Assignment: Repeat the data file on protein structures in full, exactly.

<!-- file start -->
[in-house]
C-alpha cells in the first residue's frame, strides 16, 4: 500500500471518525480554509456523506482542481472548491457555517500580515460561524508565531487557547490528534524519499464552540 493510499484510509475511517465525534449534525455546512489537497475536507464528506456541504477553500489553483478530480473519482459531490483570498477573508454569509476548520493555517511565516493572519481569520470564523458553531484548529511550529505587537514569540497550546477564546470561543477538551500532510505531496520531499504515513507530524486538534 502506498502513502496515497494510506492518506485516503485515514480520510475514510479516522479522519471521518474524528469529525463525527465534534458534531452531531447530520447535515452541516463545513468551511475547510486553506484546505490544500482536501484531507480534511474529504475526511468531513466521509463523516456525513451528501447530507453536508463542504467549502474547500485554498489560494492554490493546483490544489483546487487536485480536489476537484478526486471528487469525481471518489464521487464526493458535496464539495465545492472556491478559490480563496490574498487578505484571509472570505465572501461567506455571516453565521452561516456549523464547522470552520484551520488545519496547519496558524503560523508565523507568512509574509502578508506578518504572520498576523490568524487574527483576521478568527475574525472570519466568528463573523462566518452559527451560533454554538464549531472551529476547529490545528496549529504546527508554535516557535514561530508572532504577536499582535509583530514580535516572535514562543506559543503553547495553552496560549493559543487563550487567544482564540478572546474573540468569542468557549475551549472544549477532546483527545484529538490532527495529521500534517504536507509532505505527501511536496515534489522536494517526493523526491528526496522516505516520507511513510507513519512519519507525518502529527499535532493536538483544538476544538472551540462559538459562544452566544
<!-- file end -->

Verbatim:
[in-house]
C-alpha cells in the first residue's frame, strides 16, 4: 500500500471518525480554509456523506482542481472548491457555517500580515460561524508565531487557547490528534524519499464552540 493510499484510509475511517465525534449534525455546512489537497475536507464528506456541504477553500489553483478530480473519482459531490483570498477573508454569509476548520493555517511565516493572519481569520470564523458553531484548529511550529505587537514569540497550546477564546470561543477538551500532510505531496520531499504515513507530524486538534 502506498502513502496515497494510506492518506485516503485515514480520510475514510479516522479522519471521518474524528469529525463525527465534534458534531452531531447530520447535515452541516463545513468551511475547510486553506484546505490544500482536501484531507480534511474529504475526511468531513466521509463523516456525513451528501447530507453536508463542504467549502474547500485554498489560494492554490493546483490544489483546487487536485480536489476537484478526486471528487469525481471518489464521487464526493458535496464539495465545492472556491478559490480563496490574498487578505484571509472570505465572501461567506455571516453565521452561516456549523464547522470552520484551520488545519496547519496558524503560523508565523507568512509574509502578508506578518504572520498576523490568524487574527483576521478568527475574525472570519466568528463573523462566518452559527451560533454554538464549531472551529476547529490545528496549529504546527508554535516557535514561530508572532504577536499582535509583530514580535516572535514562543506559543503553547495553552496560549493559543487563550487567544482564540478572546474573540468569542468557549475551549472544549477532546483527545484529538490532527495529521500534517504536507509532505505527501511536496515534489522536494517526493523526491528526496522516505516520507511513510507513519512519519507525518502529527499535532493536538483544538476544538472551540462559538459562544452566544